The cumulative mark-up is the average mark-up gained on items sold over a period of time or during a season. As a result, in order to calculate cumulative markup, we must start with the opening inventory value, both at retail and at cost.
Following that, as the season progresses, we must continue to include gross new purchases (i.e. purchases plus other expenses such as freight) made during the specified period and factoring them into the total retail merchandise. If there is a change in mark-up policies or markdowns effected during the season or given period, the retail merchandise value will be impacted as well. As a result, the difference between the entire retail value of items sold during the season and the total cost of merchandise sold can be defined as cumulative mark-up.
Thus, Cumulative Mark-Up Per Cent = Cumulative Mark-Up Value ÷ Cumulative Retail Value
Q4) How do markdowns affect the profitability of the retail business? How is net markdown calculated?
Ans) In fact, category management's only aim as part of the merchandising process is to avoid all such erroneous decisions and significantly lower the reduction % in the initial mark-up. Markdowns result in a loss of value for the product category and, as a result, a decrease in the retailer's net profitability. As a result, the better the category management, the lower the reduction. As a result, the original mark-up will be decreased, resulting in lower product prices. Lower product prices result in higher category sales and, as a result, higher profits for the retailer.
When a retailer must take regular markdowns, he must factor these markdowns into the initial mark-ups. This elevates merchandise pricing from the outset, which has an impact on sales turnover and, as a result, profitability.
It's worth noting that the store benefits twice because of the lower markdown percentage. This effectively suggests that the merchandising team is very good at controlling merchandise categories. As a result, there is a higher rate of sell-through and turnover. Better sales mean bigger profit, which leads to a reduction in the initial mark-up percentage and, as a result, better pricing, which leads to even better sales. Furthermore, there are no hidden reductions in the net profit percentage owing to last-minute markdowns or decrease sales. As a result, the larger percentage of reductions or markdowns might be viewed as an opportunity cost of the merchandising team's poor category management.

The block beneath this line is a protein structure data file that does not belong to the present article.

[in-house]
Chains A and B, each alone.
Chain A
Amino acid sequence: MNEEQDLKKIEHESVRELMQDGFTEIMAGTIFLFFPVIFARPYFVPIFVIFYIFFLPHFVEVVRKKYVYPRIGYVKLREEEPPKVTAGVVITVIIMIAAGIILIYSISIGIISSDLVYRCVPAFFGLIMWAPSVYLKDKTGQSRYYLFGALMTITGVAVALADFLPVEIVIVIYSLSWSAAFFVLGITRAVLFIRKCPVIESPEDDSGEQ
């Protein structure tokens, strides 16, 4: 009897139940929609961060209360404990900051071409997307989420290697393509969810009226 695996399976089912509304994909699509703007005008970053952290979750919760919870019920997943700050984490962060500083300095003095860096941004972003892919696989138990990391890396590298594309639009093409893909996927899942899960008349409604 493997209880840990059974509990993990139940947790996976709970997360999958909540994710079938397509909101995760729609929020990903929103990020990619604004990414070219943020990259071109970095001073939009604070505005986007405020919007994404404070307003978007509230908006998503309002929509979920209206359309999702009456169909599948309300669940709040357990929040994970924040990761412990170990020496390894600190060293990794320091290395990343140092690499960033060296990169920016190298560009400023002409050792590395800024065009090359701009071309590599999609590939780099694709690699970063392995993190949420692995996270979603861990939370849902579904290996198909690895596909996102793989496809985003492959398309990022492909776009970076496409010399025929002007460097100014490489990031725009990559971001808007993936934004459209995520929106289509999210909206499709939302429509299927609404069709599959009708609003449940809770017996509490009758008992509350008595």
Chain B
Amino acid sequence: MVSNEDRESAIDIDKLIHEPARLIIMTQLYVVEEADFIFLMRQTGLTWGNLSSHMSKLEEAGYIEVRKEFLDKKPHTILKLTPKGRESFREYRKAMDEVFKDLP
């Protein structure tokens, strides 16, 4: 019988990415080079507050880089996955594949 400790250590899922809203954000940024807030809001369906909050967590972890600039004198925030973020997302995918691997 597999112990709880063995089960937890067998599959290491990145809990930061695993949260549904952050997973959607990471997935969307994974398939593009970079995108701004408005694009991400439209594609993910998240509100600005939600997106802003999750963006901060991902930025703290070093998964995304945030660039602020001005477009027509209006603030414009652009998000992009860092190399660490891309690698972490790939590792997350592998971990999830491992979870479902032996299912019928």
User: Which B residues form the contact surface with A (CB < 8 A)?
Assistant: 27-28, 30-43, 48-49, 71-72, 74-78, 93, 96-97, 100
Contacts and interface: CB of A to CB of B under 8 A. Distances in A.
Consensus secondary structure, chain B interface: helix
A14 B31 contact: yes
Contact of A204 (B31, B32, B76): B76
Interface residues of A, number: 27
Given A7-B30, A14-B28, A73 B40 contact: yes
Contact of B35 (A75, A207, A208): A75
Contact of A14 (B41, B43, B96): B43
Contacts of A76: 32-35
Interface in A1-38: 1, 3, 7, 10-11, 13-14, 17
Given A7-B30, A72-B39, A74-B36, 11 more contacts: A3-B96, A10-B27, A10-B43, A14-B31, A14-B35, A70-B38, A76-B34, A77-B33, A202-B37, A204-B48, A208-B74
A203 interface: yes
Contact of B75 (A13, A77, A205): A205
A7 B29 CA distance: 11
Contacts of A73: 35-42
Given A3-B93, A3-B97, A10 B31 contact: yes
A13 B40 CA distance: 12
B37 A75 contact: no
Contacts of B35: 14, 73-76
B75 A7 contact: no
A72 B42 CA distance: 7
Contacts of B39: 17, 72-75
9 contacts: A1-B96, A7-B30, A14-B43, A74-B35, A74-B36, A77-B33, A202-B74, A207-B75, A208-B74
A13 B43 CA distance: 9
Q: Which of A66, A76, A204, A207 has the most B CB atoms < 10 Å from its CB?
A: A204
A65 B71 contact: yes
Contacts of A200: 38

Many times, a store must cancel a particular markdown on certain items, implying that the markdown % must be revised. When the retailer is left with unsold products at the end of a special sale period, this becomes required. In order to make customers aware of new things featured in the store and persuade them to try them, the merchant may markdown select items as part of an introductory sale of those items. Once such things become popular or become part of a customer's regular purchase, the shop may opt to reintroduce them at standard price.
As Easterling C R correctly said, "Markdown cancellation is the upward price change that is countered against a previous markdown." As a result, in the event of a markdown cancellation, the percentage cancellation must be lower than the previous markdown percentage applied to the specific items. As a result, net markdown is the difference between the markdown value previously established on a range of products and the markdown cancellation later agreed on balance items from the provided range after the sale or for a specific period of time.
The following is the formula for determining net markdown:
Net Markdown Value = Total Markdown Decided Prior to Sale Period – Markdown Cancellation on the Balance Items
Q5) What is meant by stocks? Describe different methods that are commonly used for determining it.
Ans) A stock (sometimes called equity) is a financial instrument that reflects ownership of a portion of a company. This entitles the stockholder to a share of the corporation's assets and profits according to the amount of stock they own.
The different methods that are commonly used for determining it:
Stock Turnover or Sales to Stock Ratio
Stock turnover can be calculated in retail or cost terms, as well as in quantity terms. Most merchants utilise retail value as the basis for computing the stock turnover figure, as explained in the section on "Inventory Valuation Methods." Only if all of the items covered in the amount have the same price per unit may stock turnover on a quantity basis be used. Quantity-based stock turnover is also utilised for big electronic items like as cell phones, washing machines, and refrigerators, as well as furniture and automobiles of comparable type and value.
The following is the formula for calculating stock turnover or sales-to-stock ratio at retail value:
Stock Turnover or Sales to Stock Ratio = Net Sales Value at Retail for a given period ÷ Average Stock Value for a given period